The City Clerk is required to post a number of legal notices, including about all legislation approved by the Council. Some types of legislation are required to be printed in full in a “daily newspaper of general circulation”, to be selected by competitive bid. Over time, the two requirements had evolved into the policy of printing in full all legislation in the selected newspaper, which for many years has been the Daily Journal of Commerce (DJC). While this newspaper is well known in the business community, and has won the contract fairly and squarely, it is not widely read in most households in Seattle, and every so often there were complaints from members of the public that this was a relatively obscure placement compared to a general circulation daily. However, it would be extraordinarily expensive to print the long texts of all City ordinances in a daily newspaper, so this practice continued despite its limitations. But even printing in the DJC is expensive, and last year as budgets were being cut, Council Central staff and our new City Clerk took a look at the actual requirements for publication, and came up with a new proposal that saves money, while still keeping the legislative texts widely available. It’s called the ‘Web’, and many of you have undoubtedly heard of it… The solution? Except where we are legally required to physically print entire texts, publish titles in the DJC with a link, and put the text on the web (where it is already routinely posted anyway). So simple – and so seemingly obvious, but it required careful review of a whole range of legalese, and then changing a practice that has existed since time immemorial. Results for the first three months of 2011 are in, and they are dramatic. In 2010, we spent $47,797.91 publishing legislation. In 2011? $1535.64. For the whole year, in 2010 we spent the staggering sum of $468,706.94. We will save significant amounts of this as a result of this new procedure, but a large part of the expense is associated with required publication associated with the budget, and changes in law will be needed to allow that to migrate to the web. We will try to advance those next year!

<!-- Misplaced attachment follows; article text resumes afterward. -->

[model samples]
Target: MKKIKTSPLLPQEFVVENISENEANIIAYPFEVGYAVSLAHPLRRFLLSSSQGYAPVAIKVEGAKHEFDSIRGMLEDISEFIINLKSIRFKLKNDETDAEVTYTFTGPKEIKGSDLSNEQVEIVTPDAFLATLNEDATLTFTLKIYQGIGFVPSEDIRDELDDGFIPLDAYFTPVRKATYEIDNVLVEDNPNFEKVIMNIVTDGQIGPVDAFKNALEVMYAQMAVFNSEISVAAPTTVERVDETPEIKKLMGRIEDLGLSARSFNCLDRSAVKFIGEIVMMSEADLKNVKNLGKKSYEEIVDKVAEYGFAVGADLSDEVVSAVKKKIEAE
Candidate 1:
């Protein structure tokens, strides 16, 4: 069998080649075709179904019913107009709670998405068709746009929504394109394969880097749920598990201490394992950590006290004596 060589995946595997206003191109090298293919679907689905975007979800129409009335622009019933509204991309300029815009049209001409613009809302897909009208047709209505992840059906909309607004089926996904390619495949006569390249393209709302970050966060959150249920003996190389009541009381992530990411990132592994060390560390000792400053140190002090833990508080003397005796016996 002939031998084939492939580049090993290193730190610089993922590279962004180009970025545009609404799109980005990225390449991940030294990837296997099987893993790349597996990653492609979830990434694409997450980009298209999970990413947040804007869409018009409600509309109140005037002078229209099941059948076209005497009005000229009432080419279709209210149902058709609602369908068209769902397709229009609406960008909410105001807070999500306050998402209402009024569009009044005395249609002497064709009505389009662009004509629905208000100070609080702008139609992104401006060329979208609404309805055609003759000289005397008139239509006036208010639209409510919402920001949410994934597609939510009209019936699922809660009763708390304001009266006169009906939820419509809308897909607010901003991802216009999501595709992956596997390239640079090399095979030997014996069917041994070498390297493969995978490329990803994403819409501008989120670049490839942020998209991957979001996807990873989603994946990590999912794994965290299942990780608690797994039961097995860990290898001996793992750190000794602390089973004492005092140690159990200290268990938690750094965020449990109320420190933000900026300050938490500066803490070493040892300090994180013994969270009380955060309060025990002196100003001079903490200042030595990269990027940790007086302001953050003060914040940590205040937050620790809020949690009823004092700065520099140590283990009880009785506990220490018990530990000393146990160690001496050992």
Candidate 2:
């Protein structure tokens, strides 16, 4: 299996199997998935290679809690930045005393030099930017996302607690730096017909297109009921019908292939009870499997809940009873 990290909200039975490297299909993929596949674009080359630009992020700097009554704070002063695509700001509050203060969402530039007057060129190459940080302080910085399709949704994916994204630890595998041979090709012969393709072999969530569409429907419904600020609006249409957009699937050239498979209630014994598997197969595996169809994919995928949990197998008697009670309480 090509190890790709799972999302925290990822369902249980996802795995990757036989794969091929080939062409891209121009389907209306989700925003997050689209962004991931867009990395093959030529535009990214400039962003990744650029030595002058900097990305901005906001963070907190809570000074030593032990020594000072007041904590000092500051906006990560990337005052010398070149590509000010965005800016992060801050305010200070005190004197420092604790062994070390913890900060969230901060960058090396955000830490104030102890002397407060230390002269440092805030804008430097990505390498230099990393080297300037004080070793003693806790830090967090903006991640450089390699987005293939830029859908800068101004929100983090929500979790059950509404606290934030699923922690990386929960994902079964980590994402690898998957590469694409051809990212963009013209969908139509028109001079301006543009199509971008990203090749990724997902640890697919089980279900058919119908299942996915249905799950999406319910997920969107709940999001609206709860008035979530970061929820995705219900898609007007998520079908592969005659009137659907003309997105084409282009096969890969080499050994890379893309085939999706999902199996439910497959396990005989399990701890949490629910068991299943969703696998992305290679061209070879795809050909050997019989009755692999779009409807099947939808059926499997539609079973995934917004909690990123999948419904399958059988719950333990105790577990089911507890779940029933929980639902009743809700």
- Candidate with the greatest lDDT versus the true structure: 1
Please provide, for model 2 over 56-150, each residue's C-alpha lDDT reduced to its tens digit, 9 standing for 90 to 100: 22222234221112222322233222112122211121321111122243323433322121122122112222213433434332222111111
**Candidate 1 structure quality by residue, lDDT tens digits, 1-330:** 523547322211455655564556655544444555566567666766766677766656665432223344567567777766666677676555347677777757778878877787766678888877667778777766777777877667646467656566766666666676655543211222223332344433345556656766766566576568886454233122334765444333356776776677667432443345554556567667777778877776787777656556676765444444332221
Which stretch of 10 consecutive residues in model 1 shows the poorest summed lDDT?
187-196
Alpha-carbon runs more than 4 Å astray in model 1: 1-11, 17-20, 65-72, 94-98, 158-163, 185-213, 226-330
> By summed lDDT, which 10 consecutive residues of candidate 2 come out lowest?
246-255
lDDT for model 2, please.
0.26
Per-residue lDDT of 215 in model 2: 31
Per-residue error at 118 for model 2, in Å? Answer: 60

April 26, 2011January 6, 2023By Richard Conlin